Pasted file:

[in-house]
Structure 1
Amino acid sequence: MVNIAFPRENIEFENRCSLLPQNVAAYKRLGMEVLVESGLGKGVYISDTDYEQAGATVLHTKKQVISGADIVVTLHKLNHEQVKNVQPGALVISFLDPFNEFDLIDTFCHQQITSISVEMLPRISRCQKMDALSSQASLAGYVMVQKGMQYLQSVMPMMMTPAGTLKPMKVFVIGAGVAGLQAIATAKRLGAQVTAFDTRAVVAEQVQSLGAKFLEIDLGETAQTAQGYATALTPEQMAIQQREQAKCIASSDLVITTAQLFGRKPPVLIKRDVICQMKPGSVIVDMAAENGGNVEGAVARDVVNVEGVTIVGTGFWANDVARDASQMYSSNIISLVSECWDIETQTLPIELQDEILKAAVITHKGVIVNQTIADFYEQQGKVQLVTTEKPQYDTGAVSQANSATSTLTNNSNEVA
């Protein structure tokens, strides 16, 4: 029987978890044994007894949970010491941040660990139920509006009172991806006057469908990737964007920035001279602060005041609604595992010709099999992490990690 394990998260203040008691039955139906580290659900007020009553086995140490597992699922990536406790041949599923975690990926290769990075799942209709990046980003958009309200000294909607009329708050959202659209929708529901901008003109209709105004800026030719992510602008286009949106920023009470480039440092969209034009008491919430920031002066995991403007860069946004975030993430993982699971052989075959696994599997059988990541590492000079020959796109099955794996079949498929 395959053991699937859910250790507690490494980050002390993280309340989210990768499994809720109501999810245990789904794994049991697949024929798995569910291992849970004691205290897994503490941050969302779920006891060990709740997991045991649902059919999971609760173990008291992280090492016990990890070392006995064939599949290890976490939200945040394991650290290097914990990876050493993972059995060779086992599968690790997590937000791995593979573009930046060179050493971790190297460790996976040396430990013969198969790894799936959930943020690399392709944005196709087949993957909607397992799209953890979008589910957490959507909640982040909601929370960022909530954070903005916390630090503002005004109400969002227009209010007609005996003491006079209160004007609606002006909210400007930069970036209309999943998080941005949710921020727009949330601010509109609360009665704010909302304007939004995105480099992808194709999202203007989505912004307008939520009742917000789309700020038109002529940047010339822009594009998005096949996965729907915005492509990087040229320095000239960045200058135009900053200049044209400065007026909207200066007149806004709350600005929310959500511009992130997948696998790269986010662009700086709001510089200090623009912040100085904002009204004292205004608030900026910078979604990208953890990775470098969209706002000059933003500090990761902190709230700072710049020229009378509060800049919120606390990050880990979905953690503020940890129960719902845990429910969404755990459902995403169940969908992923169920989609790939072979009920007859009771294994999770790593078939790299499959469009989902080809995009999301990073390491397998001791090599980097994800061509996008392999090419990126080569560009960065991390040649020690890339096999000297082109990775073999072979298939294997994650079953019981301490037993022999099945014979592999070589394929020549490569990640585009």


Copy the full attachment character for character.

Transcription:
[in-house]
Structure 1
Amino acid sequence: MVNIAFPRENIEFENRCSLLPQNVAAYKRLGMEVLVESGLGKGVYISDTDYEQAGATVLHTKKQVISGADIVVTLHKLNHEQVKNVQPGALVISFLDPFNEFDLIDTFCHQQITSISVEMLPRISRCQKMDALSSQASLAGYVMVQKGMQYLQSVMPMMMTPAGTLKPMKVFVIGAGVAGLQAIATAKRLGAQVTAFDTRAVVAEQVQSLGAKFLEIDLGETAQTAQGYATALTPEQMAIQQREQAKCIASSDLVITTAQLFGRKPPVLIKRDVICQMKPGSVIVDMAAENGGNVEGAVARDVVNVEGVTIVGTGFWANDVARDASQMYSSNIISLVSECWDIETQTLPIELQDEILKAAVITHKGVIVNQTIADFYEQQGKVQLVTTEKPQYDTGAVSQANSATSTLTNNSNEVA
């Protein structure tokens, strides 16, 4: 029987978890044994007894949970010491941040660990139920509006009172991806006057469908990737964007920035001279602060005041609604595992010709099999992490990690 394990998260203040008691039955139906580290659900007020009553086995140490597992699922990536406790041949599923975690990926290769990075799942209709990046980003958009309200000294909607009329708050959202659209929708529901901008003109209709105004800026030719992510602008286009949106920023009470480039440092969209034009008491919430920031002066995991403007860069946004975030993430993982699971052989075959696994599997059988990541590492000079020959796109099955794996079949498929 395959053991699937859910250790507690490494980050002390993280309340989210990768499994809720109501999810245990789904794994049991697949024929798995569910291992849970004691205290897994503490941050969302779920006891060990709740997991045991649902059919999971609760173990008291992280090492016990990890070392006995064939599949290890976490939200945040394991650290290097914990990876050493993972059995060779086992599968690790997590937000791995593979573009930046060179050493971790190297460790996976040396430990013969198969790894799936959930943020690399392709944005196709087949993957909607397992799209953890979008589910957490959507909640982040909601929370960022909530954070903005916390630090503002005004109400969002227009209010007609005996003491006079209160004007609606002006909210400007930069970036209309999943998080941005949710921020727009949330601010509109609360009665704010909302304007939004995105480099992808194709999202203007989505912004307008939520009742917000789309700020038109002529940047010339822009594009998005096949996965729907915005492509990087040229320095000239960045200058135009900053200049044209400065007026909207200066007149806004709350600005929310959500511009992130997948696998790269986010662009700086709001510089200090623009912040100085904002009204004292205004608030900026910078979604990208953890990775470098969209706002000059933003500090990761902190709230700072710049020229009378509060800049919120606390990050880990979905953690503020940890129960719902845990429910969404755990459902995403169940969908992923169920989609790939072979009920007859009771294994999770790593078939790299499959469009989902080809995009999301990073390491397998001791090599980097994800061509996008392999090419990126080569560009960065991390040649020690890339096999000297082109990775073999072979298939294997994650079953019981301490037993022999099945014979592999070589394929020549490569990640585009």